In our last article, we examined the drawbacks to utilizing the conventional method – litigation – to resolve disputes. The cost, in both time and money, makes litigation an incredibly unattractive proposition.
Many people believe that the problems with litigation can be eliminated by resolving disputes through arbitration. Unfortunately, this is usually not the case. Surprisingly, arbitration can be every bit as costly as litigation, if not more so, and can drag on just as long.
When a dispute is submitted to arbitration, the case will be handled according to whatever rules or decisions the arbitrators make. Although you may think your dispute will be resolved quickly and cheaply, in fact, arbitrators often will employ the same rules and procedures used in court cases. Depositions, written discovery requests, motions, hearings – these all exist in arbitration in much the same way they do in litigation.
The important difference is that when you are in court, the taxpayer is paying most of the expense of the judge and the court staff. In arbitration, YOU are paying for the judge! Or judges – arbitrations often involve three arbitrators.
Arbitration fees are substantial. Filing a case with the American Arbitration Association (“AAA”), for example, requires thousands of dollars in arbitrations fees just to start. This amount goes up by the amount claimed – no matter how unrealistic the claim. If one party has dreamed up damages of a few million dollars, the arbitration administrative fees will be well over $10,000.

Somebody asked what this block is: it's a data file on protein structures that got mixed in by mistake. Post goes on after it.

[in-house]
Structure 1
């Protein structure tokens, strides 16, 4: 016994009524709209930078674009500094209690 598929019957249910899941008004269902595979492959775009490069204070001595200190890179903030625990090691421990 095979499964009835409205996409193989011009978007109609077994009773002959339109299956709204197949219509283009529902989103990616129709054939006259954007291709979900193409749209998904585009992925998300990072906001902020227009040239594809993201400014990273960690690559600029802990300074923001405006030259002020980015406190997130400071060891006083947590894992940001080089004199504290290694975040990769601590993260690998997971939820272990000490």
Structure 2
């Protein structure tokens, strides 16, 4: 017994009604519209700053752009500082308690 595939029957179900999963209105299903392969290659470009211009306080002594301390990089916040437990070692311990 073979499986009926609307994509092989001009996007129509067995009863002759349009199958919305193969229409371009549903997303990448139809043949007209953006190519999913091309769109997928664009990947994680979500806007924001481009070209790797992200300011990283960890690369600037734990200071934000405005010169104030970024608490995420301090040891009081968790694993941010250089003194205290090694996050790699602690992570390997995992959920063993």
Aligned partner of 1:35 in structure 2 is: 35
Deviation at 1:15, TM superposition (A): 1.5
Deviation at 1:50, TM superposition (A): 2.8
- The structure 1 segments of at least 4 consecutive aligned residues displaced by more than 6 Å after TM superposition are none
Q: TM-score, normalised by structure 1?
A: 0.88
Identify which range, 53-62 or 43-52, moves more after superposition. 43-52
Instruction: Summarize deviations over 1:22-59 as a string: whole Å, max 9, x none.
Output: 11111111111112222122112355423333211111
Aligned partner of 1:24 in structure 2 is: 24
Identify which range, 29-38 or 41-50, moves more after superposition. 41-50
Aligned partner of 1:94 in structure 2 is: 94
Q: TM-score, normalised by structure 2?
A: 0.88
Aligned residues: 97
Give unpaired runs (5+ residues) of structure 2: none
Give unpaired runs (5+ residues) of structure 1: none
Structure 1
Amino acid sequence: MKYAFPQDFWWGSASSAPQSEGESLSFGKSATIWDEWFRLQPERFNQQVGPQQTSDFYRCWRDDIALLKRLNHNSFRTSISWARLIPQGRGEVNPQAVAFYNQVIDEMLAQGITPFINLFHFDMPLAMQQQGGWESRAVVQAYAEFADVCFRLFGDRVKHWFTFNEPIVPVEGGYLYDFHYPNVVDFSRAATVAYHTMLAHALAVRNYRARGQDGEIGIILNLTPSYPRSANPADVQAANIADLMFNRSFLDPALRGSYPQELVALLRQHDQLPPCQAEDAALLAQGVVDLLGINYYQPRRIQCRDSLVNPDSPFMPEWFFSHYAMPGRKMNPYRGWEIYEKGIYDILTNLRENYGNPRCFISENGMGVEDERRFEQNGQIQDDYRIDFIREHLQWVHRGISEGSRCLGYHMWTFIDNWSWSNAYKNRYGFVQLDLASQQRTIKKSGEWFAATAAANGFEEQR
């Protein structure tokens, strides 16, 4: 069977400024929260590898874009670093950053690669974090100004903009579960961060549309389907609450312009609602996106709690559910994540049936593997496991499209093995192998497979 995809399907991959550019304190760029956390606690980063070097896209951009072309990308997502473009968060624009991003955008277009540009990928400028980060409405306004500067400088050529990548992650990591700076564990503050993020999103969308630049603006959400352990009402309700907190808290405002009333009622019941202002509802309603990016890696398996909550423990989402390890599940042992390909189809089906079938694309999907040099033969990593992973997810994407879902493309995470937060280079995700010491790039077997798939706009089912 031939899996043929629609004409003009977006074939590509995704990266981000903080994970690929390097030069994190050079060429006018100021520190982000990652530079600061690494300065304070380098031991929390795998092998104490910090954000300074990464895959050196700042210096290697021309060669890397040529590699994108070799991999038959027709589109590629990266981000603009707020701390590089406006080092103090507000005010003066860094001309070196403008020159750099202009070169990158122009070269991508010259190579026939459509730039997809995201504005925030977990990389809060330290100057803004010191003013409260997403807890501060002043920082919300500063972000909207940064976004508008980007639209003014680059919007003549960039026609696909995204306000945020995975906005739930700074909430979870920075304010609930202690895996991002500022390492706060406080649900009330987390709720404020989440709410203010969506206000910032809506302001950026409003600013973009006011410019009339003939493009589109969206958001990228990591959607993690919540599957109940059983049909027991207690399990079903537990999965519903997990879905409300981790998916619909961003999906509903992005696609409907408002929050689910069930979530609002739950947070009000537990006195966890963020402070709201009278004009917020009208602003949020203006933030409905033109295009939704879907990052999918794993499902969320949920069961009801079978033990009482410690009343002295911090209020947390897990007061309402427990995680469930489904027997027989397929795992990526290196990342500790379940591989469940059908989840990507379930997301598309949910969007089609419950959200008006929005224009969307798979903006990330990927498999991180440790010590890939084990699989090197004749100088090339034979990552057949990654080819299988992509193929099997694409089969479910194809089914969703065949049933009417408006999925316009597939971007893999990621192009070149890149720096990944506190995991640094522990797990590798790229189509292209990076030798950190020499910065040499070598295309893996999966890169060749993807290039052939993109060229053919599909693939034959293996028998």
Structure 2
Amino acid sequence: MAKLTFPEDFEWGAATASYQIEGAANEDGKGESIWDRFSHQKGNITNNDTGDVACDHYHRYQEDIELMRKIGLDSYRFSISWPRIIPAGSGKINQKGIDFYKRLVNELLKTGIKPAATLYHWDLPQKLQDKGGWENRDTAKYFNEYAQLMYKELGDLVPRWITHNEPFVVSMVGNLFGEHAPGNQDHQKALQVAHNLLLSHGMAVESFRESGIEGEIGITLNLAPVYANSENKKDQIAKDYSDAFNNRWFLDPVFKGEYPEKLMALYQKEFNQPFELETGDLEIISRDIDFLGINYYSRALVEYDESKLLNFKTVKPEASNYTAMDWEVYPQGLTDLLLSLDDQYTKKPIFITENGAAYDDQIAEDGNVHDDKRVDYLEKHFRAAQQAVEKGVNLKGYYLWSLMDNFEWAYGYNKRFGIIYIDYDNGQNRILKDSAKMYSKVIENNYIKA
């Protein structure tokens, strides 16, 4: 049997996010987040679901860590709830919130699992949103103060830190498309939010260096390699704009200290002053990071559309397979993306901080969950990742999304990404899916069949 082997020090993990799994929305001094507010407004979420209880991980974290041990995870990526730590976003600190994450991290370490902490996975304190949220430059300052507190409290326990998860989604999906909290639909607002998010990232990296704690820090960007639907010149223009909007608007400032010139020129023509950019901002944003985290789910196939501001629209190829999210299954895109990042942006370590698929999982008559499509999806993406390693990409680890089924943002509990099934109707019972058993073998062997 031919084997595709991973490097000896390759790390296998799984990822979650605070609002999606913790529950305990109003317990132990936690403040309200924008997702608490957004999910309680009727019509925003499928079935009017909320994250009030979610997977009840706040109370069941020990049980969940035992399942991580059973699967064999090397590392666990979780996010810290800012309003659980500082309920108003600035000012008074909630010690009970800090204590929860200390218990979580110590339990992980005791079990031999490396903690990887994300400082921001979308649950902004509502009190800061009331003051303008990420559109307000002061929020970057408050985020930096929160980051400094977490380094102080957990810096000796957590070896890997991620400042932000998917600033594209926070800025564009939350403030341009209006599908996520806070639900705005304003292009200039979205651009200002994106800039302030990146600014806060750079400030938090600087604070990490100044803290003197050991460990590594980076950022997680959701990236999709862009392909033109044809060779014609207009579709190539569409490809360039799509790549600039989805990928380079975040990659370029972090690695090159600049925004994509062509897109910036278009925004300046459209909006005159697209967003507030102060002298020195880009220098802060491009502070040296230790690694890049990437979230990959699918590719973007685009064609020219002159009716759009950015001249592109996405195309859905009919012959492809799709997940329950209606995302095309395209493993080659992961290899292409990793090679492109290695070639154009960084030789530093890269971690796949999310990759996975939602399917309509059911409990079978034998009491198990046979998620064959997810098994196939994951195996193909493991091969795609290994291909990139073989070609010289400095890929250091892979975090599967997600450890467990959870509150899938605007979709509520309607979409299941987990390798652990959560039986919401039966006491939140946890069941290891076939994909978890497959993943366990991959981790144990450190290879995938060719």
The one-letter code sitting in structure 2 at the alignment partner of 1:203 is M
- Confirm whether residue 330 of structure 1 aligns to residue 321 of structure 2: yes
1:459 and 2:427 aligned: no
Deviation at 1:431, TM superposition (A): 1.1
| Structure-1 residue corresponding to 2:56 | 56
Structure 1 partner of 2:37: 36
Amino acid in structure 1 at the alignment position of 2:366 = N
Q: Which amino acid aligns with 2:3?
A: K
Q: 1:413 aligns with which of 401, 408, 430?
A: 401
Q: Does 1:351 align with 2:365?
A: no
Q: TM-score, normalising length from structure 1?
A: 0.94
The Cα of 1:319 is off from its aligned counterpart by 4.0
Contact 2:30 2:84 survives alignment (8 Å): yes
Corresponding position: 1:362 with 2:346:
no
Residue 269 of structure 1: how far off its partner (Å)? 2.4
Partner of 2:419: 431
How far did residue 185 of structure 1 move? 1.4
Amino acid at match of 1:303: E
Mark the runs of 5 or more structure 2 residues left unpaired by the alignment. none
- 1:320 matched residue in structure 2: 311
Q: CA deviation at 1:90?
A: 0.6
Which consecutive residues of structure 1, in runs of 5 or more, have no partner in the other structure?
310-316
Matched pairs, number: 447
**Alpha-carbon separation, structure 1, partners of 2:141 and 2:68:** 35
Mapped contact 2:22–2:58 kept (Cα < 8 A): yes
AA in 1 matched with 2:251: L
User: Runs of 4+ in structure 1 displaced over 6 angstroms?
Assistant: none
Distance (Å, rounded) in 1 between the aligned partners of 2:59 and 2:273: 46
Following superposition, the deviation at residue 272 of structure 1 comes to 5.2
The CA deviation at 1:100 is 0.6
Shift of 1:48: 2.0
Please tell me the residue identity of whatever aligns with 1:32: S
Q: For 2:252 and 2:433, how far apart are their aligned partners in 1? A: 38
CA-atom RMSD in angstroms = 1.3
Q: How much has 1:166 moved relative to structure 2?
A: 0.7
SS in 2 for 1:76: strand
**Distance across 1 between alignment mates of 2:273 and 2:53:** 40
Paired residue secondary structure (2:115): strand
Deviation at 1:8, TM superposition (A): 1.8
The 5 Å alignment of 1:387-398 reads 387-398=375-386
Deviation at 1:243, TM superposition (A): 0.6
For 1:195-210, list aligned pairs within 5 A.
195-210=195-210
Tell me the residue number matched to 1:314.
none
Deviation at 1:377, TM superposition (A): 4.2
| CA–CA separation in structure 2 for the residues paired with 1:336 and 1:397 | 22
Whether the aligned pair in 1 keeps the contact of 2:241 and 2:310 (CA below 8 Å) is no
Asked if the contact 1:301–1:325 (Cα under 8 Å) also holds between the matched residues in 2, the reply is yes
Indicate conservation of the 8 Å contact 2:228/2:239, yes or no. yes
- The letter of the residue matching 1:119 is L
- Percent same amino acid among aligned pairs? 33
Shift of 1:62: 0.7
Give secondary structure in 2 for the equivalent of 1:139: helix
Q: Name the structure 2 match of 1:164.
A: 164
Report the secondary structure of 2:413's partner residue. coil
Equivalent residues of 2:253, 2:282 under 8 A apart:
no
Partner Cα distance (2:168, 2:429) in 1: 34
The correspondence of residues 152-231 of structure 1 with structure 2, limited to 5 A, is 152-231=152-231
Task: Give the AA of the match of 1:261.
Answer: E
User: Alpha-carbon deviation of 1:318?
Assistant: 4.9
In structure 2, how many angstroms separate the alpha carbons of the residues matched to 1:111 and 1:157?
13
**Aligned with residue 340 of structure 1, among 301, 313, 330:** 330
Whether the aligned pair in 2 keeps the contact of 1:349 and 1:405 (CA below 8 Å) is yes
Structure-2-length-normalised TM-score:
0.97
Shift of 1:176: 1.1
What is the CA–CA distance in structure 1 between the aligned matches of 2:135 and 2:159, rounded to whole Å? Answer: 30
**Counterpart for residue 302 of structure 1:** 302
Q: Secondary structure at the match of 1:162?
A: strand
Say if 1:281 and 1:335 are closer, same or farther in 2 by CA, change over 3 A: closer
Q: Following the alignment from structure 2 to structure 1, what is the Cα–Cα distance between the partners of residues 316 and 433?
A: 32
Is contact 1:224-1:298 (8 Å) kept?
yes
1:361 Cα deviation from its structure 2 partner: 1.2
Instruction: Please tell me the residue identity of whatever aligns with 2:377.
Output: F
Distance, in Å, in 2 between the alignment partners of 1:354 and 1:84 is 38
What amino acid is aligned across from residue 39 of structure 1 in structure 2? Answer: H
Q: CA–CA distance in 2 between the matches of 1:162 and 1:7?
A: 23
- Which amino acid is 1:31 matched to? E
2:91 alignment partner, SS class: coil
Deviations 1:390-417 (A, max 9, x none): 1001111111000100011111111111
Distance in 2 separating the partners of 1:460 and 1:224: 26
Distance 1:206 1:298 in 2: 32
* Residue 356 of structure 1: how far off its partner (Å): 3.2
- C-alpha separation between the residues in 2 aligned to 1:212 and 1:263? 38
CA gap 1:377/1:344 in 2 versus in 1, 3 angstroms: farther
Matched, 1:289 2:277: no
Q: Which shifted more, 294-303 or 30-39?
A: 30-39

And these administrative fees are just the start, as they do not count fees that you have to pay the arbitrators themselves! You can also be paying hundreds of dollars per hour for each arbitrator. This includes not only time in the arbitration, but also “review time” and preparation time.
As expensive as conventional litigation is, at least the judge there has an interest in the case being resolved quickly. As you can see from the fees they collect however, arbitrators have the opposite interest – they have an interest in having the case drawn out, so they can collect more arbitration fees. Now you have your lawyers and your judges interested increasing your cost of litigation. Arbitrators typically are much less inclined to resolve a case by dismissal or an order of summary judgment. A recent study by Inside Counsel found that arbitrated cases cost just as much as similar litigated cases, and as we have seen, they can cost much more.
The costs of arbitration are much worse when the parties are stuck with it, because they have signed an agreement requiring arbitration before a particular forum such as the AAA. A recent study by Public Citizen found that in these circumstances, arbitration expenses are almost always much higher, because the parties are forced to use that forum and there is no price competition. NEVER sign an agreement requiring arbitration before AAA or a similar forum.
Because both litigation and arbitration involve significant cost, many people look to avoid these through mediation. However, mediation has its own set of issues, as we will find in our next installment.
Sam Ventola has a wide variety of experience in litigation, legal education, and mediation. He has been an attorney on both sides in business litigation, employment disputes, probate litigation, and personal injury cases. In addition to being an attorney, he has been a mediator, hearing officer, labor relations professor, and lecturer on litigation, employment and First Amendment issues. He has also achieved the rating of AV Preeminent® by Martindale Hubbell.